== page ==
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How to Start Your Research

Tips and tools for starting your research and searching for information in library databases and catalogs.

In This Section

magnifying glass iconIn this section, you'll find help with:

Brainstorm Keywords

Before you start searching, take a few minutes to brainstorm some search terms.

Having a good list of search terms, or keywords, will make your searching so much easier! You'll have multiple options of words to try, if some don't seem as useful as others.

Because library databases aren't good at searching natural language (the way we speak and ask questions naturally), it's especially important to break down your topic or questions into keywords.

 

Use some basic questions to help you brainstorm keywords, or search terms, for your topic.

WHO
  • Who is involved? Who is affected?
  • Are there key figures related to your topic?
WHAT
  • What are the key issues and questions surrounding your topic?
WHEN
  • Are there key dates associated with your topic? When did major events related to your topic happen? 
  • Are you focused on a particular period of history?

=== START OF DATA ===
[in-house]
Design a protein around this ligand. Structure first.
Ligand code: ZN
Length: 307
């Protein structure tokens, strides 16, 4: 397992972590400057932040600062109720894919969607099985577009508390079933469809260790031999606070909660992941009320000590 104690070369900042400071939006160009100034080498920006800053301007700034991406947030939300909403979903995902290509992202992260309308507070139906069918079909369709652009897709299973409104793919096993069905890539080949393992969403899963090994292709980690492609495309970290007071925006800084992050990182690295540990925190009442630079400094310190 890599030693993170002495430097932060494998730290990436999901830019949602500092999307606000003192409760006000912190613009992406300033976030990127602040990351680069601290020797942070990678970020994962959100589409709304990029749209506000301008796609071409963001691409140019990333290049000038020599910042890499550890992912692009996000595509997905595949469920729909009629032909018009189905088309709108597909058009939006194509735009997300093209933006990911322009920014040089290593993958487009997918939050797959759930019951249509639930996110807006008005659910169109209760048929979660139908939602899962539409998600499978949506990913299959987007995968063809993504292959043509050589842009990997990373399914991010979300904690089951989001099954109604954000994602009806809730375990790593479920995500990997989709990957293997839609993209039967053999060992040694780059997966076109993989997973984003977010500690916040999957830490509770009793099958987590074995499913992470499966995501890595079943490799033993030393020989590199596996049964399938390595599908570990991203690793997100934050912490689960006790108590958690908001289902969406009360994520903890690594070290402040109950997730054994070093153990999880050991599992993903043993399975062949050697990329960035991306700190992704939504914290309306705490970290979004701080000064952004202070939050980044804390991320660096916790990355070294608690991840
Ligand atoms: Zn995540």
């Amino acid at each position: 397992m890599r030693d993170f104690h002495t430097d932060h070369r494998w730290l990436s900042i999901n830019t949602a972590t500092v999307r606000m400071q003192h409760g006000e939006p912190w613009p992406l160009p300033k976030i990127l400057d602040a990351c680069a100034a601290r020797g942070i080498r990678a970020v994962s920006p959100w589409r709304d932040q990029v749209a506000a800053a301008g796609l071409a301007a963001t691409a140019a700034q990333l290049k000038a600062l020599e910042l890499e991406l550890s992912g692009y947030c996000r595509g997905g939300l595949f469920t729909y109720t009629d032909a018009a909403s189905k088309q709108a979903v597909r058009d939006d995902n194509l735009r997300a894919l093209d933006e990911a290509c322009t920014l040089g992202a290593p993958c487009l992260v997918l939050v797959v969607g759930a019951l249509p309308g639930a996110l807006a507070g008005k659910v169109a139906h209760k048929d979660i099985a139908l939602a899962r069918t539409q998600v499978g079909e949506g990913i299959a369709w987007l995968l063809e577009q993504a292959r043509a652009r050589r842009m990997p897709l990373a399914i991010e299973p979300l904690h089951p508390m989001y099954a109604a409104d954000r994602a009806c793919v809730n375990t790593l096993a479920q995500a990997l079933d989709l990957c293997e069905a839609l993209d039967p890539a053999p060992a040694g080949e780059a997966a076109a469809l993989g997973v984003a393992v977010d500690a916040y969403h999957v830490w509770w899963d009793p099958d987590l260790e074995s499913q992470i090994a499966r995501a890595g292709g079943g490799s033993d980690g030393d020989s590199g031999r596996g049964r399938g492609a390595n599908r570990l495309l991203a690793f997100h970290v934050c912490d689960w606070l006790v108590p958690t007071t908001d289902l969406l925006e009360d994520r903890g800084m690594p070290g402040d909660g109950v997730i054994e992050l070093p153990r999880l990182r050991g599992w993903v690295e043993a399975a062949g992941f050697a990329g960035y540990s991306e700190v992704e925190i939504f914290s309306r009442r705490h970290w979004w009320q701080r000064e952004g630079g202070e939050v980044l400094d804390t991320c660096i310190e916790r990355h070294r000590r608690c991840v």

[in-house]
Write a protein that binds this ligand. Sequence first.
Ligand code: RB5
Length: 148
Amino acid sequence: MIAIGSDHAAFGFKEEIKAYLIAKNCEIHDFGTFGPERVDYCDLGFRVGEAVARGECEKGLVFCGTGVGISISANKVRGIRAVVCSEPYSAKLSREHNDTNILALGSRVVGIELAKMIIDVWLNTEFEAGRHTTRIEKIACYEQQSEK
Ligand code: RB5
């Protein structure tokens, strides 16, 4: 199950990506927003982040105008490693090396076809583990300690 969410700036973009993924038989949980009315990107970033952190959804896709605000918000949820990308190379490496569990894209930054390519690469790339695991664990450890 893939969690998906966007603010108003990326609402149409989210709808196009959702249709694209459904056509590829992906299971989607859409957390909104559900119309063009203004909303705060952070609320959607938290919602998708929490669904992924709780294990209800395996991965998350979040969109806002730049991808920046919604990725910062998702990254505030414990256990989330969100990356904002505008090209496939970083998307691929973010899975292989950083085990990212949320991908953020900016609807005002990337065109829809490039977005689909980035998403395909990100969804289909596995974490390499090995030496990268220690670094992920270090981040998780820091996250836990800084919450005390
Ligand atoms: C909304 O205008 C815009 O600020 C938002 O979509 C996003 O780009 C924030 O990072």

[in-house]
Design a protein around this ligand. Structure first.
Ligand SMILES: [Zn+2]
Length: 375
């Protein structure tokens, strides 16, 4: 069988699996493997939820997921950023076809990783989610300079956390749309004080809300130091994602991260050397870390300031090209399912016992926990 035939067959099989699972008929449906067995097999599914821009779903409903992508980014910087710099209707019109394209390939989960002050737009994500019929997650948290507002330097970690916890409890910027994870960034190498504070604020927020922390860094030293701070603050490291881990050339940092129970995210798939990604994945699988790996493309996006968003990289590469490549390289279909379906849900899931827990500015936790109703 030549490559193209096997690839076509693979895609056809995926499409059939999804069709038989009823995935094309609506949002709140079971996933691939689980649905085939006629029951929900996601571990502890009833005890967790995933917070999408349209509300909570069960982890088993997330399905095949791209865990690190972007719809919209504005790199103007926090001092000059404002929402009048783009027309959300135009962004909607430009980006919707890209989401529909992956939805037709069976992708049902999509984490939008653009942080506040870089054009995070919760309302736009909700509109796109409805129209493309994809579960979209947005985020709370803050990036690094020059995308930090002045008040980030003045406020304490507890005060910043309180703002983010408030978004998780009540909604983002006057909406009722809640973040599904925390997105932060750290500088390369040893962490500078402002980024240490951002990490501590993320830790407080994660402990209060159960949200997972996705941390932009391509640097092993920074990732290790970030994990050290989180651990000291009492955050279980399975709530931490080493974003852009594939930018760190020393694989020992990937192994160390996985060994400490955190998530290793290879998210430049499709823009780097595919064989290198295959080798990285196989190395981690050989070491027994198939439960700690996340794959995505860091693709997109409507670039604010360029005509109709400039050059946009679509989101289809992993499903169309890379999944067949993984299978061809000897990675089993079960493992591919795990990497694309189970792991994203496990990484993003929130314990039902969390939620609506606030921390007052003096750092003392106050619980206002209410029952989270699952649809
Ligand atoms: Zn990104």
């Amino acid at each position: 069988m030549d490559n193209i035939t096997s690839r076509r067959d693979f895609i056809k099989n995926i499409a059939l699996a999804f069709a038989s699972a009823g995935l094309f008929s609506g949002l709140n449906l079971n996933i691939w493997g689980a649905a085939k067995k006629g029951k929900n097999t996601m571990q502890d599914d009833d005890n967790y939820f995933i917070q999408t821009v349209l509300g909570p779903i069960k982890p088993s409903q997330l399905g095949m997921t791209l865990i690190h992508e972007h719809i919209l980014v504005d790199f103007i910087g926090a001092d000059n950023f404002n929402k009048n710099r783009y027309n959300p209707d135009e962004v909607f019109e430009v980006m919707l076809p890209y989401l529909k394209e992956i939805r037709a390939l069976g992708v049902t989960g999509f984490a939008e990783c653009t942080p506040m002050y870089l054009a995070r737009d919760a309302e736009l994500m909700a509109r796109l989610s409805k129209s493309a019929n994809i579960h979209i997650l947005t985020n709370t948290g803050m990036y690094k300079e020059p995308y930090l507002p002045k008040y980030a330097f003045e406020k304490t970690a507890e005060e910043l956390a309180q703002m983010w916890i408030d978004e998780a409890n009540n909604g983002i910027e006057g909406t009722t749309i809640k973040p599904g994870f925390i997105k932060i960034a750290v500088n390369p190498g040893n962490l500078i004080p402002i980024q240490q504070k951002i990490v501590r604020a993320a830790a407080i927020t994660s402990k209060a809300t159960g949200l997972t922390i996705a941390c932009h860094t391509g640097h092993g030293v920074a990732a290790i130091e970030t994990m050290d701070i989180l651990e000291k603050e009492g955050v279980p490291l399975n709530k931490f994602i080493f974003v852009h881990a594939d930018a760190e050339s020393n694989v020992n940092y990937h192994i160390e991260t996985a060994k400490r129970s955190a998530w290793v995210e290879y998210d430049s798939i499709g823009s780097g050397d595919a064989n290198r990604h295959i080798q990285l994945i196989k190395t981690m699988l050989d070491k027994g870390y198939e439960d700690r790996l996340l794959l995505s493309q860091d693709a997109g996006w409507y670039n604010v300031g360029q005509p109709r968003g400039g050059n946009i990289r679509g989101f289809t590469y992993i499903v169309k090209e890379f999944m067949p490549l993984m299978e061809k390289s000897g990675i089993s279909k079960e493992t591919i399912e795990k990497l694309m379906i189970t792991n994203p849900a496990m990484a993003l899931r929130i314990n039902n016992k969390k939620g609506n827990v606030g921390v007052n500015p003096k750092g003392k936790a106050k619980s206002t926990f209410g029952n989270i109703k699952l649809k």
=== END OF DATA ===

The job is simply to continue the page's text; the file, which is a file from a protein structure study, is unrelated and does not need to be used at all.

WHERE
  • Is there a geographic location that is important to your topic? 
  • Can you focus your topic on a particular location?
HOW
  • How will you find out about your topic? Do you need primary sources?
  • Is there a particular methodology associated with the kind of research you'll be doing?
WHY
  • Why are you interested in your topic? Why should others be interested?

When you have a list of keywords, take a second pass through it and try to come up with synonyms or related terms.

Decide Where to Search

There are a few different places you can search for scholarly articles and other sources.

This brief tutorial walks through two different pathways for searching for articles--library databases and the library catalog.

Start Searching

Now that you have some search terms and know where to search, here's some more advice on:

Searching Library DatabasesSearching the Library Catalog